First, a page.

Spacecraft Set to Swing by Mercury

Mercury temperature swings are the greatest in the solar system, despite being the closest planet to the Sun. There is not enough atmosphere on the planet to entrap heat.
(Image credit: NASA/Johns Hopkins University Applied Physics Laboratory/Carnegie Institution of Washington)

A space probe is headed for a second swing past Mercury topick up a gravitational boost and eventually become the first spacecraft to orbitthe closest planet to our sun.

Scientists expect to get more than 1,200 pictures when NASA'sMESSENGER spacecraft zips past Mercury early Monday, which would help reveal mostof planet?s remaining unmapped terrain. The flyby should also provide a gravityassist that will prepare MESSENGER to enter orbit around Mercury in March 2011.

"For needles with smaller and smaller eyes, this teamis getting better and better," said Sean Solomon, MESSENGER's principalinvestigator at the Carnegie Institution of Washington, during a Wednesdayteleconference. He described the maneuvers as a "threading exercise"requiring the highest precision.

MESSENGER, short for the bulky name MErcury Surface, Space ENvironment,GEochemistry, and Ranging, should pass 125 miles (200 km) above Mercury, orroughly the same as the separation distance during afirst flyby on Jan. 14. Its cameras and instruments will cover 30 percentof the planet surface, including never-before-seen areas on the western side ofthe planet opposite to the first flyby's coverage.

No spacecraft has caught such close looks at the planetsince NASA's Mariner 10 probe, which zipped by Mercury three times in 1974 and1975.

The earlier Mariner probe managed to map just 45 percent ofthe planet's surface during its threeflybys, while MESSENGER scoped out half of the planet's unchartedsurface during its first flyby.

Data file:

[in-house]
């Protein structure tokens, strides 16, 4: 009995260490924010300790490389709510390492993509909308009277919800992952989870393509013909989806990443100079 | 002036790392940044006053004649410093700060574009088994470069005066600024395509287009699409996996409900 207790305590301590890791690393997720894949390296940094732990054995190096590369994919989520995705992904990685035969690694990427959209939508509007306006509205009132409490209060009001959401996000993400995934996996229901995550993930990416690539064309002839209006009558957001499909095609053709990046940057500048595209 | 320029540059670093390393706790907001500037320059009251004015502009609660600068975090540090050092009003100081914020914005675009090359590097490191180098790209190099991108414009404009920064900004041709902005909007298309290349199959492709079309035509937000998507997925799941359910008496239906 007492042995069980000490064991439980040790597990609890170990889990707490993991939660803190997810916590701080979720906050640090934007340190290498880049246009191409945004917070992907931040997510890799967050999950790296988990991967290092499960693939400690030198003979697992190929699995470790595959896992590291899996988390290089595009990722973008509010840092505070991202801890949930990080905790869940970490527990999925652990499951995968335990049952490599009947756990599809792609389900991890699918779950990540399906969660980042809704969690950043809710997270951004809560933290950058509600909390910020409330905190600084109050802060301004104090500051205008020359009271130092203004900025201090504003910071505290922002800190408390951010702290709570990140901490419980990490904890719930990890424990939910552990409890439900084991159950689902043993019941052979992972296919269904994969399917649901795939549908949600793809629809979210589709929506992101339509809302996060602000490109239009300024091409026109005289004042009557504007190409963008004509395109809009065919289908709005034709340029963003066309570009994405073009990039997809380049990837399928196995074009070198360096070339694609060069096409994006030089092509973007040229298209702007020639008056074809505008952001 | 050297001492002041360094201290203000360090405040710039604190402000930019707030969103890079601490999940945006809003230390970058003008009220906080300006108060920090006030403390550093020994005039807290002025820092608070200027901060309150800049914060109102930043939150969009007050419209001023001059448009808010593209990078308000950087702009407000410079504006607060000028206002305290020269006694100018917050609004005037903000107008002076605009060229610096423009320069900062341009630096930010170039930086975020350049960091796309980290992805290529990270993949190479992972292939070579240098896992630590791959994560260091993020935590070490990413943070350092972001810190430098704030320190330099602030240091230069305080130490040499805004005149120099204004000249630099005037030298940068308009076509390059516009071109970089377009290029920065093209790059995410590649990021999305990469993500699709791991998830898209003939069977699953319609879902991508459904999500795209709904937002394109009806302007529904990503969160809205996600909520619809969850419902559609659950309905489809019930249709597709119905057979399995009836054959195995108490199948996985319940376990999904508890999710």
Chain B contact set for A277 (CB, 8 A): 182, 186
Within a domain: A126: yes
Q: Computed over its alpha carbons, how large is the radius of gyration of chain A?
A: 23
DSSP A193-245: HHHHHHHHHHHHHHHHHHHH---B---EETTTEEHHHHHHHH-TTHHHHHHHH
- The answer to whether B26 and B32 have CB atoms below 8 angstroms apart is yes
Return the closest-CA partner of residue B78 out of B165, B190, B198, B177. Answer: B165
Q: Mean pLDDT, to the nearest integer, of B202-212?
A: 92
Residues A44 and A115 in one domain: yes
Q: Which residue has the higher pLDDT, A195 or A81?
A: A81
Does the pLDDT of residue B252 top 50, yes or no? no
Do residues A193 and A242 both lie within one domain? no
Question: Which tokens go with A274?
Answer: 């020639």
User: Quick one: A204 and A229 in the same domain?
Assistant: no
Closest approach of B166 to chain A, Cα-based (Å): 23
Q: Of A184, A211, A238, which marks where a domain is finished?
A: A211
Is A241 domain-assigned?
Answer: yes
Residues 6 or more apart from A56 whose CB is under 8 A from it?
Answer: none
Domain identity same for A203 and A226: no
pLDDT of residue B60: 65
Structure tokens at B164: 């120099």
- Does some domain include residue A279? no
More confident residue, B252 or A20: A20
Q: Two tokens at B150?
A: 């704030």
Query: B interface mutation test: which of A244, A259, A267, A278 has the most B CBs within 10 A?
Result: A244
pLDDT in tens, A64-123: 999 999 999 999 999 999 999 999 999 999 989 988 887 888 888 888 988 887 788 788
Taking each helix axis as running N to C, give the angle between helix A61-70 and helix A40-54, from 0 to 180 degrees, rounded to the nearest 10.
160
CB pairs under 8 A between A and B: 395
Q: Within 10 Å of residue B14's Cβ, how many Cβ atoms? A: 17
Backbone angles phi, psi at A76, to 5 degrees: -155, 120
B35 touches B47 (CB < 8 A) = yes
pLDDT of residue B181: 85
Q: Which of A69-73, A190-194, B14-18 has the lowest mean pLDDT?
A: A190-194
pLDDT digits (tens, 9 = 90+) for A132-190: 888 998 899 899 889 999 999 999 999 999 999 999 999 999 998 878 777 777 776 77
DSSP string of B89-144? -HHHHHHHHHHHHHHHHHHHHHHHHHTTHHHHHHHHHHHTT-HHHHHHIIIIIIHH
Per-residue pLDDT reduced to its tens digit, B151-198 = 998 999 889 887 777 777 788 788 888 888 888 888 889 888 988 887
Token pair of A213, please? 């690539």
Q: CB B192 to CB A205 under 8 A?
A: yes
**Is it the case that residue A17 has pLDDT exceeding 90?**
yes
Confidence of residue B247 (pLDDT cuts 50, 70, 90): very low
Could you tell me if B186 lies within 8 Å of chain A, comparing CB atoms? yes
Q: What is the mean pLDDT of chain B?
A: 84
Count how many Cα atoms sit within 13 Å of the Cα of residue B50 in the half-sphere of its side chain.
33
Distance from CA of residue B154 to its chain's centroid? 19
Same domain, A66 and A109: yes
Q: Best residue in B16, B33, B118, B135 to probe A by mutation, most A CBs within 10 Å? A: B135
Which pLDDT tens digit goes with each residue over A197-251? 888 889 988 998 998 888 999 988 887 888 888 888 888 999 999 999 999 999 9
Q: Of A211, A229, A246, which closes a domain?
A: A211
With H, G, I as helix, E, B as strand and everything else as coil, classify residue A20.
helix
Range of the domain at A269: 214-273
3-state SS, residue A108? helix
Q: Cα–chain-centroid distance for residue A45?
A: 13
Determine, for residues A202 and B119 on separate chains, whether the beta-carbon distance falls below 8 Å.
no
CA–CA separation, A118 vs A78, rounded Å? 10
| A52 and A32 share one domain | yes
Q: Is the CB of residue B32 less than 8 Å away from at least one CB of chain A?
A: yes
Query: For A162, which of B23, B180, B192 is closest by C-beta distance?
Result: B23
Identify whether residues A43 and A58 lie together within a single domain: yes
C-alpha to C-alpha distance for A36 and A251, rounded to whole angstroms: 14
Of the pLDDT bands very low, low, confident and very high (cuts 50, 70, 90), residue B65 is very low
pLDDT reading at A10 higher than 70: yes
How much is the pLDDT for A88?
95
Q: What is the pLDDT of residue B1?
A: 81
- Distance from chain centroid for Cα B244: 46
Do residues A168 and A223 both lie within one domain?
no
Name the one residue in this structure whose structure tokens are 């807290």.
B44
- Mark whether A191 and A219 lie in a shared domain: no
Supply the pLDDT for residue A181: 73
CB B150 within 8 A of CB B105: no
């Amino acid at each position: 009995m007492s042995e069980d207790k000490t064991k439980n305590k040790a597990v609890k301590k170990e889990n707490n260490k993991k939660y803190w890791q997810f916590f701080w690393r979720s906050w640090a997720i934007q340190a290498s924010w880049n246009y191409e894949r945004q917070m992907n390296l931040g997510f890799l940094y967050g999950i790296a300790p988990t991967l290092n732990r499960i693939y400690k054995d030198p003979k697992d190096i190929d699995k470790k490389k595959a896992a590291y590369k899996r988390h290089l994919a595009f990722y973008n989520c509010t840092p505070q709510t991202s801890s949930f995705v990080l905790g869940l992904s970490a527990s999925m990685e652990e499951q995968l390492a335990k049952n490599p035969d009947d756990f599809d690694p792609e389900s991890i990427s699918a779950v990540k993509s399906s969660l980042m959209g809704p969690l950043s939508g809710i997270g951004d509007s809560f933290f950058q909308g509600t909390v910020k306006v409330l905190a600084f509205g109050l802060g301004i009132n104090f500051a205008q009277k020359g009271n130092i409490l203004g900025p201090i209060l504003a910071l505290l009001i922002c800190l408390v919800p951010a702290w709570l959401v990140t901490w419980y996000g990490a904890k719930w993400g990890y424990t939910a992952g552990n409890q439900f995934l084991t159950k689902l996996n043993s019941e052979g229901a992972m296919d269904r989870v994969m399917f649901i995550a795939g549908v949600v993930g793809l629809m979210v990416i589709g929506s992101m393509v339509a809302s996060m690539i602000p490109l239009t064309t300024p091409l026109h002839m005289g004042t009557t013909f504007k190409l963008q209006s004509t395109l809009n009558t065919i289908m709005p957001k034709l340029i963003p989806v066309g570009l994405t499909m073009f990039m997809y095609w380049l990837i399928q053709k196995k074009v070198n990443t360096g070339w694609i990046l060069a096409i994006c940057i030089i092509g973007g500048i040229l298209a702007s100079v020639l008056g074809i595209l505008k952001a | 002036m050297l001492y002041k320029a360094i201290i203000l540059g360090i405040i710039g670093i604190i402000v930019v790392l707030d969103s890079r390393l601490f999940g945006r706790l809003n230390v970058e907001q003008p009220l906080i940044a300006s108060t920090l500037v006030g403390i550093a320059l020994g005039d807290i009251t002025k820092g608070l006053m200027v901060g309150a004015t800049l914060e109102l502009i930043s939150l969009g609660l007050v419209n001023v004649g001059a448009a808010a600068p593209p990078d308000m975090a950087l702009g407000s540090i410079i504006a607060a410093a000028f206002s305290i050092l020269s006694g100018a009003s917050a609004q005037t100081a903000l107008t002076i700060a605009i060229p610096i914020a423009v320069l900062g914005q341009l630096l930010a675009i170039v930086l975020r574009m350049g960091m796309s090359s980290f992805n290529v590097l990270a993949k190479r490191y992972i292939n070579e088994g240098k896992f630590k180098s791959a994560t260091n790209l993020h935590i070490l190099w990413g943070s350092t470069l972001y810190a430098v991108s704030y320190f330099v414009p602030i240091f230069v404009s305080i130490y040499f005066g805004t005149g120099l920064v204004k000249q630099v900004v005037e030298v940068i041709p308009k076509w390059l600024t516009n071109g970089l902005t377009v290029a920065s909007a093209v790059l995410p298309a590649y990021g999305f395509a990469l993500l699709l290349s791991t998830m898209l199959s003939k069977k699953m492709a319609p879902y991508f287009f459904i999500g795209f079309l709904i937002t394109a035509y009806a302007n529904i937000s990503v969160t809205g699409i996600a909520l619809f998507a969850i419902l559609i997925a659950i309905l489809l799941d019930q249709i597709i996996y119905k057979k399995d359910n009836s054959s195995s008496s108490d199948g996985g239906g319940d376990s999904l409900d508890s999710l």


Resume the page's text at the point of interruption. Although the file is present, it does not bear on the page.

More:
However, MESSENGER still needs to perform an intricate dancewith Mercury before it can turn full-time photographer. Each flyby requiresprecise earlier adjustments to the spacecraft's course that normally use upprecious onboard propellant.

Mission planners skirted this issue and saved up morepropellant for the spacecraft's later mission by taking advantage of the solarwind.

"MESSENGER is first interplanetary mission to use solarsailing as a means to control its trajectory," said Daniel O'Shaughnessy, thelead MESSENGER navigator at Johns Hopkins University Applied Physics Laboratoryin Laurel, Md. He added that they achieved accuracy within a third of a mile (1km) using "only the subtle push of sunlight and without a single drop ofpropellant in over six months."

The spacecraft will begin its 15,000 mph (24,140 kph) flybyin the early morning hours of U.S. EDT on Monday, Oct. 6. Its team willoccasionally lose contact as MESSENGER turns this way and that to take picturesand compile seven large image mosaics of the planet surface. The closest approachduring the roughly 30-hour encounter is set for about 4:45 a.m. EDT (0845 GMT).

A 17-minute power outage will occur as MESSENGER passes intoMercury's shadow, requiring the spacecraft to rely on internal batteriesinstead of its solar panels.

The first MESSENGER flyby found evidence that volcanoesand not impacts had created Mercury's flat, smooth plains. It also showedthat Mercury's magnetic field is elongated like a tear drop, with the solarwind pushing against the side closest to the sun and pressing it close to thesurface.

MESSENGER approaches its upcoming flyby as an experiencedplanetary hopper, having revisitedEarth once and swung by Venus twice since its August 2004 launch. A thirdflyby of Mercury is also scheduled for Sept. 2009, before the spacecraft entersorbit in 2011.

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Contributing Writer

Jeremy Hsu is science writer based in New York City whose work has appeared in Scientific American, Discovery Magazine, Backchannel, and IEEE Spectrum, among others. He joined the and Live Science teams in 2010 as a Senior Writer and is currently the Editor-in-Chief of Indicate Media.  Jeremy studied history and sociology of science at the University of Pennsylvania, and earned a master's degree in journalism from the NYU Science, Health and Environmental Reporting Program. You can find Jeremy's latest project on Twitter